Templin v. Independence Blue Cross, 785 F.3d 861 (3d Cir. 2015). “A party seeking attorney’s fees under ERISA [the Employees Retirement Income Security Act] must show ‘some success’ on the merits. Here, the District Court incorrectly defined ‘some success’ by requiring evidence of judicial action.” So began Judge Nygaard’s opinion for the Third Circuit in this case. The panel reversed the denial of attorneys’ fees to plaintiff and remanded to the District Court for consideration of the fee application under the proper criteria.
Plaintiffs (two individuals and two pharmacies) sued the defendant insurance companies for improper denial of benefits under ERISA. After the District Court denied defendants’ motion to dismiss, defendants paid the claims and the case was dismissed. Both sides sought attorneys’ fees, but both the District Court and the Third Circuit denied both fee requests. The Third Circuit left one issue to be resolved: whether plaintiffs were entitled to interest on the delayed payment of benefits. The case was remanded to the District Court on that issue.
On remand, plaintiffs sought $1.5-1.8 million in interest under a Maryland statute, and $68,000 in interest based on the federal Treasury bill rate. The District Court indicated that it would award the $68,000 but not the larger amount. Defendants then agreed to pay the $68,000. The case was dismissed, and plaintiffs again sought attorneys’ fees. The District Court denied fees, ruling that plaintiffs had not achieved “some success” because the parties settled rather than obtaining a judicial determination, and because the $68,000 payment was “trivial” compared to the larger sum that plaintiffs had sought. Plaintiffs appealed. The Third Circuit reversed, applying plenary review to the legal issue of what constitutes “some success” in an ERISA action.
Judge Nygaard stated that “[i]n effect, the Appellants were pursuing a catalyst theory of recovery.” In Buckhannon Board & Care Home v. West Virginia Dep’t of Health & Human Services, 532 U.S. 598 (2001), the Supreme Court held that fee applicants under statutes that shift fees in favor of a “prevailing party” must “secure a judgment on the merits or a court-ordered consent decree” in order to win fees. The catalyst theory, which previously applied in favor of “prevailing parties,” no longer could be invoked under such fee-shifting statutes.
But ERISA is different, since it does not limit to “prevailing parties” the ability to obtain fees. Rather, the Supreme Court of the United States had said that ERISA fee claimants need only show “some success on the merits,” and there can be such success even “without a formal court order.” Judge Nygaard cited decisions from other Circuits, including a Second Circuit opinion under ERISA, in support of the panel’s conclusion. He rejected defendants’ reliance on Buckhannon. The distinction between statutes that limit fee-shifting to “prevailing parties” and those, like ERISA, that do not, was dispositive.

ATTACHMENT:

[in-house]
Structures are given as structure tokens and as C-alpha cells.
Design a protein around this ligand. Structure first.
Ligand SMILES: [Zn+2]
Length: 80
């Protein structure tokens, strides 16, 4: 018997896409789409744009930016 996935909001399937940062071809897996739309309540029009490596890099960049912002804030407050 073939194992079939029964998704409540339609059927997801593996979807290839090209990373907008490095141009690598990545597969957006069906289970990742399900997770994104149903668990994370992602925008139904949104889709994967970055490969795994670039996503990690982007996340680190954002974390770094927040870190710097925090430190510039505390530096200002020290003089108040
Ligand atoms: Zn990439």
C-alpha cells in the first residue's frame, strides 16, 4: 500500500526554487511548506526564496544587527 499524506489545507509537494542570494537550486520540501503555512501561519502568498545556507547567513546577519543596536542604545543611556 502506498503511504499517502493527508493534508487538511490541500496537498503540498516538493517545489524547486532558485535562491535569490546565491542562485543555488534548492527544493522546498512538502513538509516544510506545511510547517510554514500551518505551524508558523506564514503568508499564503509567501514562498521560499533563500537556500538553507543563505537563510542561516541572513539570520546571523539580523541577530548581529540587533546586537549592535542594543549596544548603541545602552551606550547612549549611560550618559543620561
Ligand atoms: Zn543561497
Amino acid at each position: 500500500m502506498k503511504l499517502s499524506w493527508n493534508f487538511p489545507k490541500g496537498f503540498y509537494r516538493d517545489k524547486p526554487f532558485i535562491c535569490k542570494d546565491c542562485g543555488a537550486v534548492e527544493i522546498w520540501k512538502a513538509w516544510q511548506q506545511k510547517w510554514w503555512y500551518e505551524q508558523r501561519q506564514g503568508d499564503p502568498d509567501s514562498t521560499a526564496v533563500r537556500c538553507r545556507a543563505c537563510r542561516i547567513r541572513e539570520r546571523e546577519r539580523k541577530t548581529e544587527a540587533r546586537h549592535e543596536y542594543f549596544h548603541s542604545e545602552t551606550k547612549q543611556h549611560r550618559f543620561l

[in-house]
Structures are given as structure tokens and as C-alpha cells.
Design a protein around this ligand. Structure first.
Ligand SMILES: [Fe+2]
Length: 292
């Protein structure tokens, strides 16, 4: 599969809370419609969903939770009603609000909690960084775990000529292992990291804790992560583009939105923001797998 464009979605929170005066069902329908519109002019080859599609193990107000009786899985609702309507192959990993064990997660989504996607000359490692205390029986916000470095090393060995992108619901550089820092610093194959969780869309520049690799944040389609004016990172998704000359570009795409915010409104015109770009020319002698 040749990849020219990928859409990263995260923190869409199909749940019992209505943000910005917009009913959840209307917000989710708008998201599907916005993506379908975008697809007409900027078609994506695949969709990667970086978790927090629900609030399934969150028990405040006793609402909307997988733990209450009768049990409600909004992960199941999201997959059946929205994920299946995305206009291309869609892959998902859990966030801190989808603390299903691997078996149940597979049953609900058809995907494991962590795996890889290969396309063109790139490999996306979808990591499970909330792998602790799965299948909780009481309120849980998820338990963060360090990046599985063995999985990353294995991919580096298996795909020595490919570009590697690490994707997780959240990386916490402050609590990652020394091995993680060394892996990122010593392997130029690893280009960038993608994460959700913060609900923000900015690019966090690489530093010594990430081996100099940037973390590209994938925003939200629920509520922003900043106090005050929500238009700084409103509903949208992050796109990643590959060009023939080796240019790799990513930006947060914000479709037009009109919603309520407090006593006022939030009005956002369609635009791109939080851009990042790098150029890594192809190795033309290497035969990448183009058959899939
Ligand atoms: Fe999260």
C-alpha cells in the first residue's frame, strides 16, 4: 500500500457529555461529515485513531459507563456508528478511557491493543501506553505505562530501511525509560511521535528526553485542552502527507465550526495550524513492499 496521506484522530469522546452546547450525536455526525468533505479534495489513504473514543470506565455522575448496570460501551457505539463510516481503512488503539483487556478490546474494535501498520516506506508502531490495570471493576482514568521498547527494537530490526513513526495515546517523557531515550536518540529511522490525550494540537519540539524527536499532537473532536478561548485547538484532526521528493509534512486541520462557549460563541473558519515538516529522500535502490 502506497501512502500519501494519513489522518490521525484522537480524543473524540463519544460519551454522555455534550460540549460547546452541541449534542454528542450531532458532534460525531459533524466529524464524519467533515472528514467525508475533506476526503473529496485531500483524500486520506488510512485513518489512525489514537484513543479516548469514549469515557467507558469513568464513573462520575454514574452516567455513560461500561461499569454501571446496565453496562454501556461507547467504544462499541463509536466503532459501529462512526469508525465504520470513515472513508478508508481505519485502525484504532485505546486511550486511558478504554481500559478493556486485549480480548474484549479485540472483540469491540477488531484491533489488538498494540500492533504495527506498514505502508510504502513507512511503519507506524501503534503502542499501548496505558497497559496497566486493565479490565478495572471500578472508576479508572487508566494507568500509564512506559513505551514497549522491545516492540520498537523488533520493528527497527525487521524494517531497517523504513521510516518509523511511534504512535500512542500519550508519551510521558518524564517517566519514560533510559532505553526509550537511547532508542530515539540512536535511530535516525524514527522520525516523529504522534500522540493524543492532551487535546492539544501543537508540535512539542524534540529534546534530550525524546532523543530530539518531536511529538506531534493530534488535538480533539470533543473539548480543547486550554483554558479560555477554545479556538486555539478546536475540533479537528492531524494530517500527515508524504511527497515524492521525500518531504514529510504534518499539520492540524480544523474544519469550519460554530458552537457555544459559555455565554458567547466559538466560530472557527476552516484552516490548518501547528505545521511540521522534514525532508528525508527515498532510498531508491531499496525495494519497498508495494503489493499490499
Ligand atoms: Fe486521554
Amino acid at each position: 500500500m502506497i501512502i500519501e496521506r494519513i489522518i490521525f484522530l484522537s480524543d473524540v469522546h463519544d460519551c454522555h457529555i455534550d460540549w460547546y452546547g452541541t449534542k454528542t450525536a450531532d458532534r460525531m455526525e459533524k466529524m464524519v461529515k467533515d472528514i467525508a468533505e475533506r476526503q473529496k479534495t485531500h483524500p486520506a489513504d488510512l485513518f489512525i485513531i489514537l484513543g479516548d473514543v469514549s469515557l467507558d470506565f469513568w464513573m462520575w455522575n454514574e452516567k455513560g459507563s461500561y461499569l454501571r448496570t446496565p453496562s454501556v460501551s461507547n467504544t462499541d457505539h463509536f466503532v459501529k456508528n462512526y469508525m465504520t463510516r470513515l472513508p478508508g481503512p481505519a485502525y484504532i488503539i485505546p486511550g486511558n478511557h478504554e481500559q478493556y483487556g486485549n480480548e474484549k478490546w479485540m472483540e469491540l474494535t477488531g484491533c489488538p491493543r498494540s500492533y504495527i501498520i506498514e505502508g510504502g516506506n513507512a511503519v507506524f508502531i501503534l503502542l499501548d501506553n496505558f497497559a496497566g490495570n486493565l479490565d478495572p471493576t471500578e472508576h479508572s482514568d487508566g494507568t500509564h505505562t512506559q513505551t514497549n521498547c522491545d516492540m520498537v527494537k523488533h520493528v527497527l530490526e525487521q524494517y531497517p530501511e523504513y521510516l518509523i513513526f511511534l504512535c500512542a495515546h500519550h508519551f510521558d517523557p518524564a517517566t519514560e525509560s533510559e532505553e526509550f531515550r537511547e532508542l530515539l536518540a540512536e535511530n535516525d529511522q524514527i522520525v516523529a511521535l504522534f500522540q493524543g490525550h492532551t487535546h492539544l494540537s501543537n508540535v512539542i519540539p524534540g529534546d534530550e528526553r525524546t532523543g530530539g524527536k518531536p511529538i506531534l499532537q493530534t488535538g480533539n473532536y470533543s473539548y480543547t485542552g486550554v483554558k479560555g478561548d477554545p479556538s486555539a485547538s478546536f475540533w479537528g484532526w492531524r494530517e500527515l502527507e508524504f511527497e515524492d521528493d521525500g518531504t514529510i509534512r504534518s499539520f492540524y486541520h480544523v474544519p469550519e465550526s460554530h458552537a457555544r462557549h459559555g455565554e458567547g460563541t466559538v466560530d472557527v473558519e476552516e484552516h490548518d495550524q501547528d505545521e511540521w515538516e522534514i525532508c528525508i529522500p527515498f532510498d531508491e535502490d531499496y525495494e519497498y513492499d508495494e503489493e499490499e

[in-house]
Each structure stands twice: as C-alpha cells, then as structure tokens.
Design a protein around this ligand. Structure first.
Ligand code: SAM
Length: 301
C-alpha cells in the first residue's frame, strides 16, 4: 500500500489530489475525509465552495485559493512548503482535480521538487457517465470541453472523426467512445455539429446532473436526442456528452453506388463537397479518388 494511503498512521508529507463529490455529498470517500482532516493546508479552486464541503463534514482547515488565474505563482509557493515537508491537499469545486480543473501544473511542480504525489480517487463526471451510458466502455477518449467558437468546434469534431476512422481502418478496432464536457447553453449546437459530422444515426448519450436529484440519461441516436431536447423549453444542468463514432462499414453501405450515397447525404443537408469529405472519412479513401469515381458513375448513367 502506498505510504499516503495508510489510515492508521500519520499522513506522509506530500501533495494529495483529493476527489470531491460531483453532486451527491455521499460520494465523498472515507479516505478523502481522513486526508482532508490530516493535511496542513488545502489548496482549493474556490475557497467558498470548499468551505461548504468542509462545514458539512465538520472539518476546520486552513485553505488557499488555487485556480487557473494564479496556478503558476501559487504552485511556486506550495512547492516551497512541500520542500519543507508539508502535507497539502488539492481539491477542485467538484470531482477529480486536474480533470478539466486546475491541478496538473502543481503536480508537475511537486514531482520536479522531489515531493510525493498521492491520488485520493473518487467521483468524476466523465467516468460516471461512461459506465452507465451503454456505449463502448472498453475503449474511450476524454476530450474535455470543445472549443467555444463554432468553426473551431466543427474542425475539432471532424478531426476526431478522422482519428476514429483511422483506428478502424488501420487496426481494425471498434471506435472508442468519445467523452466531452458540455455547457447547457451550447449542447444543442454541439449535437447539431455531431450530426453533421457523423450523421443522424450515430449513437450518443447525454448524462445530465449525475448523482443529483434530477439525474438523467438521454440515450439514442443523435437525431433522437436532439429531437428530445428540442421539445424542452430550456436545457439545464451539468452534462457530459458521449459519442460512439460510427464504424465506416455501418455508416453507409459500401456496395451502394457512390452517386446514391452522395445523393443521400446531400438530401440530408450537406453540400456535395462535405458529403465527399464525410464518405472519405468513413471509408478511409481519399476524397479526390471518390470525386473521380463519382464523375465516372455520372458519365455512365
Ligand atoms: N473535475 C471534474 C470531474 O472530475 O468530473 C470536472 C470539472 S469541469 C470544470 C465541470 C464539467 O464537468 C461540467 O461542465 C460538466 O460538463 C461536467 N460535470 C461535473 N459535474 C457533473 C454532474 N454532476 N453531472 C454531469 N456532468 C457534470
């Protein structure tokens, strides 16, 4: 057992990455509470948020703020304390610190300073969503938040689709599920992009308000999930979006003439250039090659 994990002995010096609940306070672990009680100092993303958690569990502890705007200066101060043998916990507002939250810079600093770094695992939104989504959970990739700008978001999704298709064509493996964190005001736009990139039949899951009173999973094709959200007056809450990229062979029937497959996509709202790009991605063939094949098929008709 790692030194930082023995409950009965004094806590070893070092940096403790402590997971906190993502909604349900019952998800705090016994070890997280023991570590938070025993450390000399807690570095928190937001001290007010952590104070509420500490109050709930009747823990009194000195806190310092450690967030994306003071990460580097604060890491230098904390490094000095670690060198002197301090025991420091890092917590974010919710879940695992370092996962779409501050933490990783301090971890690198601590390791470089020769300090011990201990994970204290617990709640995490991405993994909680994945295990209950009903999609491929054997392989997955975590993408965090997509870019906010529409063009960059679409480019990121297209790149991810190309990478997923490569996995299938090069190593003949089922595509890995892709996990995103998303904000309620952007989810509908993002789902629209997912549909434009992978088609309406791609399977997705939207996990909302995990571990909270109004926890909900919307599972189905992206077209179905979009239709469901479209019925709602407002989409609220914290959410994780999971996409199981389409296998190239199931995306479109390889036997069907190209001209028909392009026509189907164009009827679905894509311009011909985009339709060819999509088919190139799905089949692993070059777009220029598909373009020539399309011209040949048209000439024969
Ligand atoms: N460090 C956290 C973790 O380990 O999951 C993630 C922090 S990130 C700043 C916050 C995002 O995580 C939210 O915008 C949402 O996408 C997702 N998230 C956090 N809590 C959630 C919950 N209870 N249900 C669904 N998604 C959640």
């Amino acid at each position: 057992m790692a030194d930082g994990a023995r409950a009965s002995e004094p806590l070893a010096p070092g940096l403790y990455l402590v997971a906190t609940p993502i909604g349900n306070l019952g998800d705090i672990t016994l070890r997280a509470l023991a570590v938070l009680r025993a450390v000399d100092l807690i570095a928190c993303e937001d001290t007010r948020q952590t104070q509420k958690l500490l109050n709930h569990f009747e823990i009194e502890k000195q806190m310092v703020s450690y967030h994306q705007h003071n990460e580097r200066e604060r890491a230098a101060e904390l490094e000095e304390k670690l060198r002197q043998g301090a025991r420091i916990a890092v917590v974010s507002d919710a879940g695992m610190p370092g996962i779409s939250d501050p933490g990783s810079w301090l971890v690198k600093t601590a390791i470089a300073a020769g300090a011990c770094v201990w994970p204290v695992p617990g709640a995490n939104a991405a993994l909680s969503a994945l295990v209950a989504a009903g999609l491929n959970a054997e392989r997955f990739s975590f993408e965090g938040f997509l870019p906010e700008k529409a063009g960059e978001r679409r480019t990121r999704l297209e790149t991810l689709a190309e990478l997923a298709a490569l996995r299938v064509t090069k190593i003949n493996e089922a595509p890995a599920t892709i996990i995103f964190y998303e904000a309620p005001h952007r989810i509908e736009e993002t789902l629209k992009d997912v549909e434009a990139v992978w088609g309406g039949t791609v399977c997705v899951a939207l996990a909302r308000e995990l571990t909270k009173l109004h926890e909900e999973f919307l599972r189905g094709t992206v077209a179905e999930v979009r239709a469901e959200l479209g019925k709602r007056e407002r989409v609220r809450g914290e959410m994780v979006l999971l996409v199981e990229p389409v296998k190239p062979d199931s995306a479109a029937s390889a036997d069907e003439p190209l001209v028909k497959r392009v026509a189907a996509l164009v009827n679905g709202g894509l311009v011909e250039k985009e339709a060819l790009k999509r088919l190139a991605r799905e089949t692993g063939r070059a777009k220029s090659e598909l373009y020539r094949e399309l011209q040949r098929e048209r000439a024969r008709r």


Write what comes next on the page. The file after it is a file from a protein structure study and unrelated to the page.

Under ERISA, “[t]o succeed under a catalyst theory of recovery, evidence that judicial activity encouraged the defendants to settle is not necessary. All that is necessary is that litigation activity pressured a defendant to settle or render to a plaintiff the requested relief.” That occurred here. Moreover, though the catalyst theory requires a “non-trivial, and more than procedural victory,” the District Court’s characterization of the $68,000 payment as trivial was error. Judge Nygaard observed that that sum represented “interest at 100% of the federal interest rate.” Since “[t]he standard for establishing ‘some success’ is a low one,” plaintiffs had achieved a non-trivial success.
None of this meant that the District Court was bound to award fees. The decision whether to award fees was governed by the District Court’s discretion in applying a five-part test. But since the District Court had gone awry in doing that, the panel remanded the case for further consideration.
The Buckhannon doctrine, the result of a 5-4 Supreme Court vote that overturned the use of the catalyst theory under “prevailing party” fee-shifting statutes by virtually every Circuit, was gravely mistaken. It allows defendants in fee-shifting cases to “voluntarily” provide the relief sought by the plaintiffs but avoid paying fees to the plaintiffs’ counsel even though the plaintiffs had prevailed, merely because those plaintiffs achieved their success via settlement rather than judgment or consent order. Lower federal courts have had to deal with the fallout from Buckhannon ever since, and this case is an example of that.
In contrast, the Supreme Court of New Jersey, in Mason v. Hoboken, 196 N.J. 51 (2008), declined to follow Buckhannon and instead adhered to its previous use of the catalyst doctrine in favor of prevailing parties. [Disclosure: I represented an amicus curiae in Mason, advocating for rejection of Buckhannon]. A number of other states have also rejected Buckhannon. In this context, as in a number of others, the Supreme Court of New Jersey got it right in deviating from the approach adopted by the narrowest majority of the Supreme Court of the United States.